She didn't answer that one. She just told me to start a diary and write down my ideas and feelings. Like that's going to change anything. I think she did that because she's tired of hearing the same old questions from me. Maybe she thinks if I write things down, I won't have any more questions.
You can clean this up. “I think she’s tired of hearing” picks up the pace. I’m also not sure if I like this character since she gives up so easily—it’s passive on her part to turn to the diary, but that may just be in her character, so I wouldn’t “judge” her on that note immediately. Overall, this is good.

Okay, I'll write down my ideas and feelings.
Good voice!

MY MOM DOESN'T UNDERSTAND ME AT ALL.
This is good! Totally teen-esque.

All right, all right, I'm going to give this diary thing a try. I guess I'd try anything to feel like I belong.
Cut that second sentence—I can’t imagine a teen thinking that explicitly, and this is also the first time you’re making the connection between not belonging and journaling; before it was asking questions and journaling.

I went to the drugstore and bought this peach-colored notebook. Peach is my favorite color, although I like pink and lavender pretty much too. I don't have a dad and I've sort of gotten used to that. Sort of.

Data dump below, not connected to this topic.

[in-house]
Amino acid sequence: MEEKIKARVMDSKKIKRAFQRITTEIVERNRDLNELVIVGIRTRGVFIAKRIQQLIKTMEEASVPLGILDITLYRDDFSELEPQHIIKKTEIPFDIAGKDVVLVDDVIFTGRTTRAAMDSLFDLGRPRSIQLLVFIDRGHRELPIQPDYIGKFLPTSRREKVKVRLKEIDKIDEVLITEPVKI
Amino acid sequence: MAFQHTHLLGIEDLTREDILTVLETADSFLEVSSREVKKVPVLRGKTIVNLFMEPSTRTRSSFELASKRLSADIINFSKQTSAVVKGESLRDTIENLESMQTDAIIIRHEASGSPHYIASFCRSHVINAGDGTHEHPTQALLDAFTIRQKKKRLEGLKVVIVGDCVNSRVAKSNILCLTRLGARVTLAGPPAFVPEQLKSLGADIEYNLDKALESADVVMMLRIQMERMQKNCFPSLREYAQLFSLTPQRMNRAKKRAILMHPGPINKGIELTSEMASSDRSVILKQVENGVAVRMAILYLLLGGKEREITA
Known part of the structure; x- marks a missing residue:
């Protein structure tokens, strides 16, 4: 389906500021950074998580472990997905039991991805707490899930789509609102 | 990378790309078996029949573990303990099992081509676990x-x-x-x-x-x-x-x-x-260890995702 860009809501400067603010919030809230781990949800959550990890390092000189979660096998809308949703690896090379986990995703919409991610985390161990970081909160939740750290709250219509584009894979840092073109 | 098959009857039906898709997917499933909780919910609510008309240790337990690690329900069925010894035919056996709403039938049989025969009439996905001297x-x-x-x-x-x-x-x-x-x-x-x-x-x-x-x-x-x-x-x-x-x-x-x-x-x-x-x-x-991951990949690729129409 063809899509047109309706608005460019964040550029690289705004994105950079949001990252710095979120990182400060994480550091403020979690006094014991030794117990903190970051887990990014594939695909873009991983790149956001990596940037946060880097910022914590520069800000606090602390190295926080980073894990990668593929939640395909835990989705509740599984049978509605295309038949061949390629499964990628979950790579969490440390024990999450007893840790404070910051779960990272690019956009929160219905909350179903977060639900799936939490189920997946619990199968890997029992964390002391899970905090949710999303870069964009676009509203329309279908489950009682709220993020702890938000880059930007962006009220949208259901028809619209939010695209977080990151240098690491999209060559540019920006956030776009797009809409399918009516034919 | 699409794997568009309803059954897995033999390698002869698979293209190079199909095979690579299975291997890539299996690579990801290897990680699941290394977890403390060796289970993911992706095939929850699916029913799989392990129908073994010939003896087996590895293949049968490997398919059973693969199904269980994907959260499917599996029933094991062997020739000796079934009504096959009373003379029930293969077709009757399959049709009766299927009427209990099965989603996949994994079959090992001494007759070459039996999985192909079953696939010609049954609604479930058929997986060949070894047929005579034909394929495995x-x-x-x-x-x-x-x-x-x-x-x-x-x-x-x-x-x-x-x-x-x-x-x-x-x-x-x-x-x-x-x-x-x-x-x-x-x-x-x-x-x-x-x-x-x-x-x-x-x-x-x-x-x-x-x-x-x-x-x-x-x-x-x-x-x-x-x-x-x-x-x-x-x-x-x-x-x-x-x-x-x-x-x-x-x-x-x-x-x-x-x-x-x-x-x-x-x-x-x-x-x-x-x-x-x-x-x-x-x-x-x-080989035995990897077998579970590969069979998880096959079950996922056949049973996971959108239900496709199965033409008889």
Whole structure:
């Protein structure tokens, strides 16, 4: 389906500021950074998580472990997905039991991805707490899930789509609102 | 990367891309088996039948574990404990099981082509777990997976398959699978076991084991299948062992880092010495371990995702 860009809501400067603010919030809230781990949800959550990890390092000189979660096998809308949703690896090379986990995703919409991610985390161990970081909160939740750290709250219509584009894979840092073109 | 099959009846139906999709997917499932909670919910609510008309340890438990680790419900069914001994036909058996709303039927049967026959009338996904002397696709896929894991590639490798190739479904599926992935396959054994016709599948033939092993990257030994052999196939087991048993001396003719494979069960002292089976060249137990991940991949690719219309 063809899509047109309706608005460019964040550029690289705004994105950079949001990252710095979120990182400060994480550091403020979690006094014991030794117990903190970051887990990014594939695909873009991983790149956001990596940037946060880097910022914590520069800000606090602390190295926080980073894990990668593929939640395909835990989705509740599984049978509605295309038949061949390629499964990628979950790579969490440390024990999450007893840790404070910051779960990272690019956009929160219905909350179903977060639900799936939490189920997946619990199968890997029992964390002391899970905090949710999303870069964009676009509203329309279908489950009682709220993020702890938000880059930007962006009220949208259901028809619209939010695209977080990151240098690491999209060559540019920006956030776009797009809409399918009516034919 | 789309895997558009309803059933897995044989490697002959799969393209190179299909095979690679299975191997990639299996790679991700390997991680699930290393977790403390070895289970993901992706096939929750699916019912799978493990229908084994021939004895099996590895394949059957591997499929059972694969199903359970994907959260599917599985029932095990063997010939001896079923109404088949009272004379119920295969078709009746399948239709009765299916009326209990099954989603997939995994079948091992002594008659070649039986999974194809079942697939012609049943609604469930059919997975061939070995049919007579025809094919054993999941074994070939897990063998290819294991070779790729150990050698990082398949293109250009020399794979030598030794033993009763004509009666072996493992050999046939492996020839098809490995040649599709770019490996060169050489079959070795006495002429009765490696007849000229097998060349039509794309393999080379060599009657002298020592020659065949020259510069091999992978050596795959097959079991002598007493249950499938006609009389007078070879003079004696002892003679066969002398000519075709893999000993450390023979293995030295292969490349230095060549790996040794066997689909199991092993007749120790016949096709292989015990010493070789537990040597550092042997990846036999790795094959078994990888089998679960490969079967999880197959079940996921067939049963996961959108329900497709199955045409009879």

Okay, I admit it. I haven't gotten used to it at all.

Ah, this is tough because I’m not sure where this diary entry ends, but based on this excerpt, I want to say end the diary entry after “I’m going to give this diary thing a try” and then skip to a scene in which there’s tension, perhaps related to the past. I think it will be more effective if you integrate this background information—about your MC’s dad—later. The goal in this entry should be to hook your reader (which I think it does) and then move on, pushing the story and plot forward.

Also, that first paragraph (drugstore, peach-colored notebook, etc.) is very young. In YAs, I look for sophisticated teen voices, and this falls a bit one-dimensional for me.

I’d keep on reading, yes, because I want to know more about the character. If I were reading this as a query in my inbox, one thing that would prompt me to pass is a too long and/or wordy diary entry—remember that scenes should start as late as possible and end as soon as possible, moving from one tense scene to another.

I do think that this could be much stronger, particularly in finding that place where the voice is 100% natural to teens (this didn’t do it completely for me).

calla4 said...

I thought you captured the teen's voice very well, but I'm not entirely hooked. The reason is that I found the scene telling and showing would've worked better here in my opinion. Maybe you could've started with showing the scene happen rather than telling it later in the diary. The part 'All right, all right' read a little forced and much older to me because I'm not sure a teen would say that.

Jonathan 3d said...

I like this, but I don't buy the premise that she doesn't know why she looks different from her mother and brother. Even young children in mixed-race adopted families ask about that. How could her mother not explain? And how young must she be to not know if she's adopted, had a different father, or what?